For research use only; not for diagnostic procedures. All products to be used in accordance with applicable laws and regulations including without limitation, consumption & disposal requirements under European REACH regulations (EC 1907/2006).
Please enter valid quantity
Please log in to add favorites.
NULL OR EMPTY CART
The LANCE Ultra Human PCSK9 Detection Kit is designed for detection and quantitation of human PCSK9 in cell culture media using a homogeneous TR-FRET (no-wash steps, no separation steps) assay.
LANCE and LANCE (Lanthanide chelate excite) Ultra are our TR-FRET (time-resolved fluorescence resonance energy transfer), homogeneous (no wash) technologies. One antibody of interest is labeled with a donor fluorophore (a LANCE Europium chelate) and the second molecule is labeled with an acceptor fluorophore (ULight™ dye). Upon excitation at 320 or 340 nm, energy can be transferred from the donor Europium chelate to the acceptor fluorophore if sufficiently close for FRET (~10 nm). This results in the emission of light at 665 nm.
Human Proprotein Convertase Subtilisin / Kexin Type 9 (PCSK9) belongs to the proteinase K subfamily of the secretory subtilase family. This glycoprotein contains 692 amino acids, including a signal peptide, a prodomain, and a catalytic domain. Initially synthesized as a soluble 74 kDa precursor protein, it is cleaved into 14 kDa and 60 kDa domains, which remain associated. This protein plays a major regulatory role in cholesterol homeostasis and is highly expressed in the kidney, liver, and intestine. PCSK9 binds to the low-density lipoprotein receptor (LDLR), inducing LDLR degradation. Reduced LDLR levels result in decreased metabolism of low-density lipoprotein, which could lead to hypercholesterolemia. Inhibition of PCSK9 function is currently being explored as a means of lowering cholesterol levels. Mutations in this gene have been associated with a rare form of autosomal dominant familial hypercholesterolemia.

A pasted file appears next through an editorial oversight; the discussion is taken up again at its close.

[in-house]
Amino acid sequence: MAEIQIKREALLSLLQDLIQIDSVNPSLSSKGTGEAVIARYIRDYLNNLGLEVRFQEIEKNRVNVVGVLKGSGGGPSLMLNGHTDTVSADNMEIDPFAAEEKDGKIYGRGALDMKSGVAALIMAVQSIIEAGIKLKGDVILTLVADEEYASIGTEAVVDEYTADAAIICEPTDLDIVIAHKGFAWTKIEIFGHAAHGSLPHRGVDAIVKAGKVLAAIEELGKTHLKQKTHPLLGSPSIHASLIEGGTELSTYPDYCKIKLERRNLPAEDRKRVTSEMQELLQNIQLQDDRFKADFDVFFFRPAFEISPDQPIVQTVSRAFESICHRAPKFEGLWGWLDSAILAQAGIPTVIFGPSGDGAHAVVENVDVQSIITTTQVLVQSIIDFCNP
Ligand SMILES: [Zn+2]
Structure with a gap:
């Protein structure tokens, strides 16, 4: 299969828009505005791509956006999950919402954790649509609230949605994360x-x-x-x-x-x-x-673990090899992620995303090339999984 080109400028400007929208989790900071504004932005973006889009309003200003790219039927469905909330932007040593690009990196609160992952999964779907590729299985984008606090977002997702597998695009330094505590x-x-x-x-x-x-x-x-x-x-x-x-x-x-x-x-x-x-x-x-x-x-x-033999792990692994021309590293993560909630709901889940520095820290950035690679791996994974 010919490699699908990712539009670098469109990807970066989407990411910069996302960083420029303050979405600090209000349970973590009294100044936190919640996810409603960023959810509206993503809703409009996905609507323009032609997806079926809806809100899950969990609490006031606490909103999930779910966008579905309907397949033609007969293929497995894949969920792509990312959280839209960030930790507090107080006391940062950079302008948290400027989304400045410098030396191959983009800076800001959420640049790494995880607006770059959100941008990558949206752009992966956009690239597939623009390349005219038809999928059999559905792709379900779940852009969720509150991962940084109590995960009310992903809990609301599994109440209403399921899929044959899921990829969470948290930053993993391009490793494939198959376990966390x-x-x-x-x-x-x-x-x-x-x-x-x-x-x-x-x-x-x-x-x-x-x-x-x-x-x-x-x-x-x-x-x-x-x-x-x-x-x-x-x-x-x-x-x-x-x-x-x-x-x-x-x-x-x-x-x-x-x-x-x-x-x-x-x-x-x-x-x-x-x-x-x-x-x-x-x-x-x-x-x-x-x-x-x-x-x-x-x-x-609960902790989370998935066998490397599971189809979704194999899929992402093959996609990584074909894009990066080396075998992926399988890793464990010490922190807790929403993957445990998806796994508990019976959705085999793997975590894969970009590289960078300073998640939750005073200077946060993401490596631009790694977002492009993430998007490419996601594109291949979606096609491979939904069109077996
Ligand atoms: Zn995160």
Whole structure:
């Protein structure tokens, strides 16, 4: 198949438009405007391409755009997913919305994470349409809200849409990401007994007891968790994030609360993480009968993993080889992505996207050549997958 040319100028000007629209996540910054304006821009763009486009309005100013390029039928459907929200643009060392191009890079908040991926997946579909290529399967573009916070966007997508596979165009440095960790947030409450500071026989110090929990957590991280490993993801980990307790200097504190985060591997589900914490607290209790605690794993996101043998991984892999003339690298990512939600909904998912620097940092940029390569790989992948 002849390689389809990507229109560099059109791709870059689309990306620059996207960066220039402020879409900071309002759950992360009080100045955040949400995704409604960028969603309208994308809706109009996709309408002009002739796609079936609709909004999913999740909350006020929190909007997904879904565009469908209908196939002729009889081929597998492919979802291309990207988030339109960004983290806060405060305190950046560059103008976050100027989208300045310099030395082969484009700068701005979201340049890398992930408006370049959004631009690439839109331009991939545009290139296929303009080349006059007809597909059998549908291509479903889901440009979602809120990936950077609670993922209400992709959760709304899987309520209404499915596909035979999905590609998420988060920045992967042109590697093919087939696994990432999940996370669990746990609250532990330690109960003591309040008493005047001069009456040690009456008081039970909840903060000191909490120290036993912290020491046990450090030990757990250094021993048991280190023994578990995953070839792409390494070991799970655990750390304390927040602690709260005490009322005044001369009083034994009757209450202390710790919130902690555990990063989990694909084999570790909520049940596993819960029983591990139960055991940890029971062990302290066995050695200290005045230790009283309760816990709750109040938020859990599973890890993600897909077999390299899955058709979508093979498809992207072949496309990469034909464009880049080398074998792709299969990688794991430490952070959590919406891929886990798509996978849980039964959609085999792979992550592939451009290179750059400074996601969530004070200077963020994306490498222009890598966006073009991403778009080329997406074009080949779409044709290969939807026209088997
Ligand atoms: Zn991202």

|Assay Target Class||Protein|
|Shipping Condition||Blue Ice|
|Unit Size||500 Assay Points|
The introduction of enzyme-linked immunosorbent assays (ELISAs) in the early 1970’s offered researchers a non-radiometric immunoassay platform without compromising sensitivity. Over the last 50 years scientists have made huge strides in disease research and drug discovery and a demand for greater assay throughput and sensitivity has evolved. In response, more robust immunoassays have been developed to address some of the limitations of the standard, colorimetric ELISA.
Find out about the most common limitations of traditional ELISAs and how different ELISA alternative technologies address these limitations.